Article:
Yellow bell peppers hold important benefits for the skin and the immune system and exert antioxidant and anti-inflammatory properties. They are a good food to eat for healthy weight loss, as well as good for diabetes seen they have a low glycemic index and low glycemic load. Other minor benefits include benefits for eyesight, digestion, notably constipation relief, but also high blood pressure, high cholesterol, fatigue and anemia. See the list of benefits below:
- Eating yellow bell peppers boosts the immune system thanks to their high vitamin C content.
- Antioxidants benefits: vitamin C, manganese and the pigmented beta-carotene antioxidant giving yellow bell peppers their color scavenge free radicals and prevent and help repair cell damage.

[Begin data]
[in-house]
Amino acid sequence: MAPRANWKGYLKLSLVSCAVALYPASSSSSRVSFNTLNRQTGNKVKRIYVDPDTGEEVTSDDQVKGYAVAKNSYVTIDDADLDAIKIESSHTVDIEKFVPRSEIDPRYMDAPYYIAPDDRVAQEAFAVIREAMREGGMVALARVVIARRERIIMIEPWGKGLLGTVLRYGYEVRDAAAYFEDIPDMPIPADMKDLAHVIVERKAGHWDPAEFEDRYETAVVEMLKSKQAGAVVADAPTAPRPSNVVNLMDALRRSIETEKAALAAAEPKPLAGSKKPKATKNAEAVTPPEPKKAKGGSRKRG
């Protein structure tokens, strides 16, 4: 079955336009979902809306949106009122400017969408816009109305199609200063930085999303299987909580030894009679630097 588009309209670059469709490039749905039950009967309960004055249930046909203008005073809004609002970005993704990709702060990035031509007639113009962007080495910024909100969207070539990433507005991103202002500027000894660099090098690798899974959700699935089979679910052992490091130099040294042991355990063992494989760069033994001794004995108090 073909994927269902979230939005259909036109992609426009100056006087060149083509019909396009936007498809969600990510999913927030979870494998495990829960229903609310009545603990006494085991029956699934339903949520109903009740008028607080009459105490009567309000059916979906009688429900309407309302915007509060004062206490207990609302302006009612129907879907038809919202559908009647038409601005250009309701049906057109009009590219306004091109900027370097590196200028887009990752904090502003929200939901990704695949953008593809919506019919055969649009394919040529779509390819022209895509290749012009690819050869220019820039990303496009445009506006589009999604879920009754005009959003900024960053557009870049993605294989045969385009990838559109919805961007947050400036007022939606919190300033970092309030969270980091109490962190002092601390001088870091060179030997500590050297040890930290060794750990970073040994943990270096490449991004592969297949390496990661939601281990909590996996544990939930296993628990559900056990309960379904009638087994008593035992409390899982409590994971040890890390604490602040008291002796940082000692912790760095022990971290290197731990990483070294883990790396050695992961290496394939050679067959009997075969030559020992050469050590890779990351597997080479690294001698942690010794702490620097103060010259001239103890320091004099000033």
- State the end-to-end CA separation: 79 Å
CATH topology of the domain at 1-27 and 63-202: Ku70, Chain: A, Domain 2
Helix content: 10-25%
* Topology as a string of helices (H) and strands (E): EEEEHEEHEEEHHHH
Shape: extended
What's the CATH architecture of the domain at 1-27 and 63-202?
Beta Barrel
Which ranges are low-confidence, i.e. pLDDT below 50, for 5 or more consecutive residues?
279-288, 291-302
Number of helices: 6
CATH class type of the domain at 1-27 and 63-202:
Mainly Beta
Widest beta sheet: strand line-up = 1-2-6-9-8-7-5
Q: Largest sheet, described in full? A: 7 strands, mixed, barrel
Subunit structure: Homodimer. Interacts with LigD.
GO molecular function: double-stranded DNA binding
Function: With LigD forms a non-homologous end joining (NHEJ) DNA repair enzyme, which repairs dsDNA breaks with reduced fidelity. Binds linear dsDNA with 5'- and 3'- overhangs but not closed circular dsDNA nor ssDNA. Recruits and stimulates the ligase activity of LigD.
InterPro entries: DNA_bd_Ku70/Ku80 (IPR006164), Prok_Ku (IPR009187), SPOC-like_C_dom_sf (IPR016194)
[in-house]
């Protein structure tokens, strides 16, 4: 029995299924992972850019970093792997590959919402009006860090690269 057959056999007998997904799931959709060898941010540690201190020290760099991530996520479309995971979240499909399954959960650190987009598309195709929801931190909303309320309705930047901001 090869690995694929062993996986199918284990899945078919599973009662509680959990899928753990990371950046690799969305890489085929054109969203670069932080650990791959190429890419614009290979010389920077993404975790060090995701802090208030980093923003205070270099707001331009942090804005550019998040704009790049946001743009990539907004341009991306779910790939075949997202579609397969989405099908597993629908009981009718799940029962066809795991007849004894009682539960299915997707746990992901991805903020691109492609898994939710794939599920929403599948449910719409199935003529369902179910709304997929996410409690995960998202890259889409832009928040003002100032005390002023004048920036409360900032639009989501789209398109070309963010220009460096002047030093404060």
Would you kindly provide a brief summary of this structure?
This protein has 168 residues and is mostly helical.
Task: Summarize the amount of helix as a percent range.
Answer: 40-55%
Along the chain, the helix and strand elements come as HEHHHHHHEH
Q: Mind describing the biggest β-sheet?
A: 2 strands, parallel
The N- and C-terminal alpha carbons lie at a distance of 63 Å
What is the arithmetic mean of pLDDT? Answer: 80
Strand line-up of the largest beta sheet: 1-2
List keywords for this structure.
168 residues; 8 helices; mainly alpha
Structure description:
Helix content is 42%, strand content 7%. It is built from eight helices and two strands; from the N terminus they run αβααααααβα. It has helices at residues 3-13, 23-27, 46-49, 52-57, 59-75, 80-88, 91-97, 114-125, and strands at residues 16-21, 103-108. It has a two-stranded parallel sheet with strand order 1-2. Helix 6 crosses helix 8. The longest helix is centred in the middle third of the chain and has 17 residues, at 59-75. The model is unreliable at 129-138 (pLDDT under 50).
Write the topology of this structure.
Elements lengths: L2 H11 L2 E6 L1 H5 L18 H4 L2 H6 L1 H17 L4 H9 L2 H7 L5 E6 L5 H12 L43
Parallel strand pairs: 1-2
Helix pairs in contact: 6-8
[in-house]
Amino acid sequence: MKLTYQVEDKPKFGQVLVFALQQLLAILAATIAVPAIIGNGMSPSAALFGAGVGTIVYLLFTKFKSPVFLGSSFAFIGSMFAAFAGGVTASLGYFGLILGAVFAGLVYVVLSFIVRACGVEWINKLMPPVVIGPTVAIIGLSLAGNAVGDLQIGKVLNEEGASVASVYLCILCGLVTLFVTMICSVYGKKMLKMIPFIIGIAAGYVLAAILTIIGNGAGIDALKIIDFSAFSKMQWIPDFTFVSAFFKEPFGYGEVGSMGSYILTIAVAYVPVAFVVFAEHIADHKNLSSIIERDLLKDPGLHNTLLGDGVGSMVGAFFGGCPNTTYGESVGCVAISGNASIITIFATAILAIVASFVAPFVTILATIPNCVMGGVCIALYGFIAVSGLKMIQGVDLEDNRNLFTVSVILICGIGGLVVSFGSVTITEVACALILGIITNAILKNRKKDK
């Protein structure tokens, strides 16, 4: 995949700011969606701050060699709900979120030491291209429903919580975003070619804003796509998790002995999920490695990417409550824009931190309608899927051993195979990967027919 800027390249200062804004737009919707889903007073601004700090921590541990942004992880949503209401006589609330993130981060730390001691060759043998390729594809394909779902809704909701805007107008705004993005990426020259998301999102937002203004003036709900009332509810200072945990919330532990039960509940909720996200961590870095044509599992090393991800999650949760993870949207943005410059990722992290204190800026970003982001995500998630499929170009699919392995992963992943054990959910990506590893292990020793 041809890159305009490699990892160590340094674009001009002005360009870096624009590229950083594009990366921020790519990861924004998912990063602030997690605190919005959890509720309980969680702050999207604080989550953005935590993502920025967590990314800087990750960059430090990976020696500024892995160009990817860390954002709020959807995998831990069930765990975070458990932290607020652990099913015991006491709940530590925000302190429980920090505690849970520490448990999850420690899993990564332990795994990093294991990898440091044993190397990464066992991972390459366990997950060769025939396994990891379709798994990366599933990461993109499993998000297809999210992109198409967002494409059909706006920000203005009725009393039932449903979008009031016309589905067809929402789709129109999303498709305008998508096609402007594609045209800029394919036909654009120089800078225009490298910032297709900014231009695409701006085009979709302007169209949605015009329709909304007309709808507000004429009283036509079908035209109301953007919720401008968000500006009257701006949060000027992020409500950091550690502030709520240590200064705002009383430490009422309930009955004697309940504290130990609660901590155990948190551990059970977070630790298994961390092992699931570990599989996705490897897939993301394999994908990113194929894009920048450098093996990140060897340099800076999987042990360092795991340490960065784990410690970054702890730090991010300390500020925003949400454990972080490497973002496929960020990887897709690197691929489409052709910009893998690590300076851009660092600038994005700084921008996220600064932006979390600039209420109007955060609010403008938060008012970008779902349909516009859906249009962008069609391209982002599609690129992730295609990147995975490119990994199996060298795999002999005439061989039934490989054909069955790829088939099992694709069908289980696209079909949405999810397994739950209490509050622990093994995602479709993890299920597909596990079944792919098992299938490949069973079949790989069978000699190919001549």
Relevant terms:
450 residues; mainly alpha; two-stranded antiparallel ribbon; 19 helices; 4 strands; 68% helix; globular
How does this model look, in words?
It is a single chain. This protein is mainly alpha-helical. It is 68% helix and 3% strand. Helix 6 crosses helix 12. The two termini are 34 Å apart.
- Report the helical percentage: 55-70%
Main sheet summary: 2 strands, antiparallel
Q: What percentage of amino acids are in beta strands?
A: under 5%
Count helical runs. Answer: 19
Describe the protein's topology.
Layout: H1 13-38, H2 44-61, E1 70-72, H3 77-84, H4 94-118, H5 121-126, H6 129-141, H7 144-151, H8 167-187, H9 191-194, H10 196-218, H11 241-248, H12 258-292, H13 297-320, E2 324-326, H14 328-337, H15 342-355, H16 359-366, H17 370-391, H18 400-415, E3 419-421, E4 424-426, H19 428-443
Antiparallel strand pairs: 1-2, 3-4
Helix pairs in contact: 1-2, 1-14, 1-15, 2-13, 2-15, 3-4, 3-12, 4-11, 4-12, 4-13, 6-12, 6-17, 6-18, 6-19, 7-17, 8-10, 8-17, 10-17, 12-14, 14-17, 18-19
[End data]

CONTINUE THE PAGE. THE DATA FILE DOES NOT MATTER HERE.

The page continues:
- Anti-aging properties: vitamin C stimulates collagen production in the skin for improved skin elasticity, exerts anti-inflammatory properties, promotes wound healing and protects skin cells from oxidative stress and its aging effects.
- Other benefits for skin from vitamins B3 and B6 and, to a lesser extent, B1, B2 and B5, which prevent inflammation, reduce infection risks and actively contribute to skin health.
- Vitamin B3 contributes to lower LDL (bad) cholesterol and triglyceride levels and higher HDL (good) cholesterol levels.
- Good food to eat for high blood pressure thanks to a good potassium content and extremely low sodium content.
- Yellow bell peppers are a good food to eat for diabetes thanks to their low glycemic index (GI estimated at 30-40) and an even lower glycemic load (GL estimated at 2-2.5 for a serving of 100 g).